It may seem obvious, but in the UK it’s the law that you must be able to see out of your windows and your licence plate must be readable. Our blissful summer may have pushed all thoughts of winter from your mind but as the cold weather begins to set in, you may want to read up on how to remove ice from your car before you find yourself in a tricky situation. You can also take steps to prevent ice from building up on your windows and windscreen that can save you precious time. So, to make sure you remain safe in the winter, read our guide below on how to de-ice your car. How To Prevent Frost and Ice on Windshield If you know that a big freeze is on the horizon like the dreaded “beast from the east” that we had a few years ago, you can take steps to protect your car from snow and ice. If you don’t have access to shelter for your car such as a garage, then you can use some simple tricks to stop your windscreen and car windows from freezing up.

  1. Cover your car

Why not invest in a tarp to cover your car when it is stationary? Just ensure that you secure it so it doesn’t blow off (simple bungee cords should do the trick!). This method is good at preventing most ice and snow build-up, but you may still find some ice on your windows and windshield.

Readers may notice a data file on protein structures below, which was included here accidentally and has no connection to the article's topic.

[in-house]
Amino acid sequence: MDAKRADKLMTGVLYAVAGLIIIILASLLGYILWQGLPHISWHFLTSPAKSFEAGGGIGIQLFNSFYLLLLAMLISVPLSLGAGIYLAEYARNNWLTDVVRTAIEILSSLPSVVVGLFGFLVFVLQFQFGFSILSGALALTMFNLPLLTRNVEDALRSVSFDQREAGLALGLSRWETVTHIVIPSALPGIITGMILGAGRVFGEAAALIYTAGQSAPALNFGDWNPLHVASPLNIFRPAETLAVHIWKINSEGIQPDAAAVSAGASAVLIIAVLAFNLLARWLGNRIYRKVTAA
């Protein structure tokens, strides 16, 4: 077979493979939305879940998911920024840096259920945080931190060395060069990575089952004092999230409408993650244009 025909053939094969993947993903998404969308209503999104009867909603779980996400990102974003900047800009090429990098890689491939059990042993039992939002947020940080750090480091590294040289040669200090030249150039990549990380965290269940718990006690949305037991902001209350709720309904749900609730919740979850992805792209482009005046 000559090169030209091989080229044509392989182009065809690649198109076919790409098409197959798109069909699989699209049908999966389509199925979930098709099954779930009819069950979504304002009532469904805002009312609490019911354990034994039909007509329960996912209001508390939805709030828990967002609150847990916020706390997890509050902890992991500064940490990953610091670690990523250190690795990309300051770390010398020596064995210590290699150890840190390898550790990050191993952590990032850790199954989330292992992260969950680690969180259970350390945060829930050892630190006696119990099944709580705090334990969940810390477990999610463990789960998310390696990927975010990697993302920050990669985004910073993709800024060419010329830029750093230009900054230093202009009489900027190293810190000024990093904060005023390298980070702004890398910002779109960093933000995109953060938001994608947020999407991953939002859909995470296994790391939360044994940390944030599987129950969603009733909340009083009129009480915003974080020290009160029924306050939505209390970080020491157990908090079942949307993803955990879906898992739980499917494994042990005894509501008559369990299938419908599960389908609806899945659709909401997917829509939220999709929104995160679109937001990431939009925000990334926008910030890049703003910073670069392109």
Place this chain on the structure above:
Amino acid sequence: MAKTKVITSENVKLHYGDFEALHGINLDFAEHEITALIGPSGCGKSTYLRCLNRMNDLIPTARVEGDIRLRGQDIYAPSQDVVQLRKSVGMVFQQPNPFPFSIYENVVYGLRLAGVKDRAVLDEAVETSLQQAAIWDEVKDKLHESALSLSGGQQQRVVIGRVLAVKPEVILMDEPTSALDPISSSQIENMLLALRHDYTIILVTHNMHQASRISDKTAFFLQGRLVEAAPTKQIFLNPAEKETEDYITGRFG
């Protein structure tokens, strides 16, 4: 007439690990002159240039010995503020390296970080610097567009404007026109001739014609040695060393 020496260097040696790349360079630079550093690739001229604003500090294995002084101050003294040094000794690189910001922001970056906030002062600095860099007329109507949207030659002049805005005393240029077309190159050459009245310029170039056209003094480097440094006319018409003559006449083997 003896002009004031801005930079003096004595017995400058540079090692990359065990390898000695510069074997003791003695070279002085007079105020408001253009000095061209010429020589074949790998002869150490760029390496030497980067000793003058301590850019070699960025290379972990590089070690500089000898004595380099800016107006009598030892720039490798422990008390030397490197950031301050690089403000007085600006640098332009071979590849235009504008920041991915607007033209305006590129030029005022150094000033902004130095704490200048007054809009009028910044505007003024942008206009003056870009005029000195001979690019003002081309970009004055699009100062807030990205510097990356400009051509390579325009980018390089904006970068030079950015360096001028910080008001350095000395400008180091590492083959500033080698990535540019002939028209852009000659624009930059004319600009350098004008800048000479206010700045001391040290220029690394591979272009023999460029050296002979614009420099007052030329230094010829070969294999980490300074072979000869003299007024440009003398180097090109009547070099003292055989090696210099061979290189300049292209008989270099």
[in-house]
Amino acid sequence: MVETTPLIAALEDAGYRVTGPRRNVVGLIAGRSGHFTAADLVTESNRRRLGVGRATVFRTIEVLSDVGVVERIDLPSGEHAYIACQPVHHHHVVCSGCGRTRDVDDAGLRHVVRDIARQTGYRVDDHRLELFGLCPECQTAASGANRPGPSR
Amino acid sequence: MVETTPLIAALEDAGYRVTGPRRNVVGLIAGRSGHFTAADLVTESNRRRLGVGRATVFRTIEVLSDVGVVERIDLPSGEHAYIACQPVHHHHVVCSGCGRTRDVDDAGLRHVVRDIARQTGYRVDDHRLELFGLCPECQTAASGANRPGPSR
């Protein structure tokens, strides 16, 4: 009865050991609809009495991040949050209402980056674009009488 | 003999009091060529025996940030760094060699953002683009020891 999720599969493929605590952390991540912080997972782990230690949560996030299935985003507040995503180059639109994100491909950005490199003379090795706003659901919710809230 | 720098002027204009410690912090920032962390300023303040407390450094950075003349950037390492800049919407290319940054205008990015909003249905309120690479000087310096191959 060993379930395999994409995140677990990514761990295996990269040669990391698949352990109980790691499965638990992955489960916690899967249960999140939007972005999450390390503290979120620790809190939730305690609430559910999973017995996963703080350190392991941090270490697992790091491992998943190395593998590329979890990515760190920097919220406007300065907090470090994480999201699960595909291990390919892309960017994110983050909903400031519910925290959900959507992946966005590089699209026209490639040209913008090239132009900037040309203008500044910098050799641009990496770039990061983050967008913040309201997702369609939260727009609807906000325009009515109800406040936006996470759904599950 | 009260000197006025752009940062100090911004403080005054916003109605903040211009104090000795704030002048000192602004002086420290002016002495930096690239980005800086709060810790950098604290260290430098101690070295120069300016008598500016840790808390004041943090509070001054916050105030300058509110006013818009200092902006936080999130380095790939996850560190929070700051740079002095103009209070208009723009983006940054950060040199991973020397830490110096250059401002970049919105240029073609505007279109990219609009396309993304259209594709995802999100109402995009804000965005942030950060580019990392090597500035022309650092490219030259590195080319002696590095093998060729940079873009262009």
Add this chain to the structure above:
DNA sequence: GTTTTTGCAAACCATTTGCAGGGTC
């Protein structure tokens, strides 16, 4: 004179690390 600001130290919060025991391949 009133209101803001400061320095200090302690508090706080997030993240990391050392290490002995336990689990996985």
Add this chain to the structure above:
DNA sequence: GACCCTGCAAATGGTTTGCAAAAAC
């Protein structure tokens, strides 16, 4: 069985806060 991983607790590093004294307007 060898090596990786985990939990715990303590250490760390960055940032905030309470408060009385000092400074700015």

1. Rubbing alcohol or windshield fluid

To prevent your windshield wipers from freezing you can put some rubbing alcohol or windshield fluid into the windshield washer reservoir.

  1. Ice prevention spray

You can either buy a professional ice spray or create your own using three cups of vinegar and one cup of water. Once you have created your ice spray, simply apply a light coat onto your car windows and windshield before you go to bed to prevent the dreaded morning de-icing ritual. Make sure that you don’t apply too much vinegar as this can damage your windscreen and can accelerate rust.

  1. Cover your windshield with a towel soaked in saltwater

If only a light snowfall is expected then you can use a simple trick to prevent your windshield from icing up. Simply soak a towel in a solution of salt and water and then place across your windshield overnight. However, don’t do this if we’re expecting a heavy snowfall as this can make the towel heavy and it can then be difficult to remove. How To Remove Ice From Car Windows & Windshields First things first, if you find yourself with a car covered in ice, never apply hot water onto your windshield as the sudden temperature change can cause your windshield to crack. Instead, you can use one of our methods below: